This is the first novel by the Turkish writer Orhan Pamuk, who I learned about with many other people when he won the Nobel Prize about 15 years ago. This is the third book of his I’ve read now along with My Name is Red, which is quite similar or shares similarities with this book, and Snow, a contemporary novel not all that much like these too. In this novel, we meet a young Italian scholar in the early Renaissance who is captured by slavers, and because of his status as scholar, given over to a Turkish scholar, who turns out to be his exact double. These two men, linked by their love of learning and scholarship as well as their physical appearance, create a paired bond despite or maybe because of their cultural separation from each other. There’s just enough difference to link them, rather than repel them, as often happens in doubles stories. They work together for years and years for the sultan, and when it seems all is over and done, begin to question their nature and relationship to one another.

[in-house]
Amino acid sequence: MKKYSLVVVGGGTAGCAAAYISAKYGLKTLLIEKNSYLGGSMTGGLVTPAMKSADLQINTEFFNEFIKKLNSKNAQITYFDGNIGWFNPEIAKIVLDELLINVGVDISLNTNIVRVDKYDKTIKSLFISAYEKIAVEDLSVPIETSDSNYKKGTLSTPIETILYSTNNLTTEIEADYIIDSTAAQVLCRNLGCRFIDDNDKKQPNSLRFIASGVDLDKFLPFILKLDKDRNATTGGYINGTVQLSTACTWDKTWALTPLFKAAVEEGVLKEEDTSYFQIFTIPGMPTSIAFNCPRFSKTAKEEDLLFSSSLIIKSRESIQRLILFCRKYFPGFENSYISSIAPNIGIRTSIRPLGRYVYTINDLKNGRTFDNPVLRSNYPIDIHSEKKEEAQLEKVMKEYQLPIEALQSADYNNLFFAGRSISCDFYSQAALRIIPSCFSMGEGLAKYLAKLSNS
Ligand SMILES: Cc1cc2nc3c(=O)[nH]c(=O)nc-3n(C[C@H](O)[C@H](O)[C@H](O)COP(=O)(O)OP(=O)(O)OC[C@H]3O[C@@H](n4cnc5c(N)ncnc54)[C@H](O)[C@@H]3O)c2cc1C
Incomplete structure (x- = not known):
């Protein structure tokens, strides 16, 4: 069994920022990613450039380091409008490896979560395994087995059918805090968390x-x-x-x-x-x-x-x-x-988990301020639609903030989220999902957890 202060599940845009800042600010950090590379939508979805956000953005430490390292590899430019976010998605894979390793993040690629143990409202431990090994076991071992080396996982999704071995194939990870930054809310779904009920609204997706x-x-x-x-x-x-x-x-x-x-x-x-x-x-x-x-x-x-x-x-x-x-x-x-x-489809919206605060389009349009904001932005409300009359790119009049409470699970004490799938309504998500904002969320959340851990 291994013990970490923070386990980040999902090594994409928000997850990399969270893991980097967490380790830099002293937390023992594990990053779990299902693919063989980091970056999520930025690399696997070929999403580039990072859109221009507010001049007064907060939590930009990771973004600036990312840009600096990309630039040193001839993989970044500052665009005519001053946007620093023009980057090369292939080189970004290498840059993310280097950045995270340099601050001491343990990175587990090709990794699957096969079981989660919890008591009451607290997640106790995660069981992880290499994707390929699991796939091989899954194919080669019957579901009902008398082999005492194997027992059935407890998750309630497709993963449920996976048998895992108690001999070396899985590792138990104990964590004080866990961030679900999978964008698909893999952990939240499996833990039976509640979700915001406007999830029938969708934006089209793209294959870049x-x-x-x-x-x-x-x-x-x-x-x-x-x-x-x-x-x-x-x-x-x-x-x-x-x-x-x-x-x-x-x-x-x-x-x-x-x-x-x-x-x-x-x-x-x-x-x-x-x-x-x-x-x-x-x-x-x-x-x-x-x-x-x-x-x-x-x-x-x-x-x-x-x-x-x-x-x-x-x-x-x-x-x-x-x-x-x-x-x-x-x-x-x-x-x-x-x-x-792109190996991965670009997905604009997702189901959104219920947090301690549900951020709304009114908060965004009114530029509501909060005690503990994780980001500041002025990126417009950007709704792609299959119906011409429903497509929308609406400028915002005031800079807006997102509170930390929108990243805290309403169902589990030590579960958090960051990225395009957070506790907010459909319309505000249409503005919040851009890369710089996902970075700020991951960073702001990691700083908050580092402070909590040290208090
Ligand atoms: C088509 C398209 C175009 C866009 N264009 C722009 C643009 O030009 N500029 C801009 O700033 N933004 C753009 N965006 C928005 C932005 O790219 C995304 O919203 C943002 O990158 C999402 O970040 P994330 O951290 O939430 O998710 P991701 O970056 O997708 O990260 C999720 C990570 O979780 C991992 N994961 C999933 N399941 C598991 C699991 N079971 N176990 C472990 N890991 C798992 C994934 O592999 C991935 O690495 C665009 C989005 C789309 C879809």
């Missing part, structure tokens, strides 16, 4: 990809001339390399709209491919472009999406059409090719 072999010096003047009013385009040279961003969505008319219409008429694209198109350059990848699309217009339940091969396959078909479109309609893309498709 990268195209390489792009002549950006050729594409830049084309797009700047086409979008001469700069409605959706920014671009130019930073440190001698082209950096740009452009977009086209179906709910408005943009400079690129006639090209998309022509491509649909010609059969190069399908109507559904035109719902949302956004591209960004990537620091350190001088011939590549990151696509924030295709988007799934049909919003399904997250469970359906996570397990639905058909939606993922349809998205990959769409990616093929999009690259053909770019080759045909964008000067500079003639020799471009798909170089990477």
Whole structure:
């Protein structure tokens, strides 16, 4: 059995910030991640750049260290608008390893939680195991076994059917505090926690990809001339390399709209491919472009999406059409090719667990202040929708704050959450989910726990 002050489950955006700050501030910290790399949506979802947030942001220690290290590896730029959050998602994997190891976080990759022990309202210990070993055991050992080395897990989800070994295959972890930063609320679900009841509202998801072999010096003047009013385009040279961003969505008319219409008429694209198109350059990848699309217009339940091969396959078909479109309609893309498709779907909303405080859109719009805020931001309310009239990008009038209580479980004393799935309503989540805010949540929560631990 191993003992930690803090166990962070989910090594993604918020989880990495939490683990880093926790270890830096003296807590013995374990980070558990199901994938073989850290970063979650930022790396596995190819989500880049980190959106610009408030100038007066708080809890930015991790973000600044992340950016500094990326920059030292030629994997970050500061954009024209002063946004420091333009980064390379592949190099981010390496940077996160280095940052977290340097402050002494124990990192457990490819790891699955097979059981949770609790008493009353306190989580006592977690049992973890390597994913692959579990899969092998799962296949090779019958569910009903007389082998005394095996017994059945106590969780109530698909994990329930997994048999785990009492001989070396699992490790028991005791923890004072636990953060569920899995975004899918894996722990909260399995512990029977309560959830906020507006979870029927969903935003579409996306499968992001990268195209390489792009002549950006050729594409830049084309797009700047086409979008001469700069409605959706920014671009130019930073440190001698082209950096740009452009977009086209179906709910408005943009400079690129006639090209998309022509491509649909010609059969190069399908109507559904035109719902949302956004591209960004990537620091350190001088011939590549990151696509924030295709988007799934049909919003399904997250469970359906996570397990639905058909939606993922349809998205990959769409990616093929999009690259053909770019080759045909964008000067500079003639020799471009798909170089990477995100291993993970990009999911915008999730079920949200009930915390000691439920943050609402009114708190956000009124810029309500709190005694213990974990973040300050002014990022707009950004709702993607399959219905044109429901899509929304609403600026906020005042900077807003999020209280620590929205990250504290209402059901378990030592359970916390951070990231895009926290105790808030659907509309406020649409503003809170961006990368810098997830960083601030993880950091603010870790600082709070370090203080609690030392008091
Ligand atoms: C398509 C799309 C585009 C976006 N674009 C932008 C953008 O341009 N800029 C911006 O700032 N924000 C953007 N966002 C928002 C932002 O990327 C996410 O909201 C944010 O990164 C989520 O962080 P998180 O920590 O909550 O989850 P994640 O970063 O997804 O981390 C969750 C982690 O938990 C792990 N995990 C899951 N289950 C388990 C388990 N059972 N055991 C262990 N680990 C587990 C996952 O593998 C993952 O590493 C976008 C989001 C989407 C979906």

The confluence of several motifs I’ve been reading recent weeks, this book involves both a double and a “forgotten manuscript” both of which are tropes that I have mixed feelings about. I think I like doubles better, because they allow for more primal fears. However, I think that linking “found manuscripts” to how we think about “found footage” might allow us to think about what this trope does and doesn’t do. It does give the document both a feel of verisimilitude, while also making it seem more artificial. Sometimes I think this linking of the authentic to the fabricated is intentional, and sometimes it’s unintentional. Where it’s intentional, I think it adds depth, and where it’s unintentional, it weakens the effect.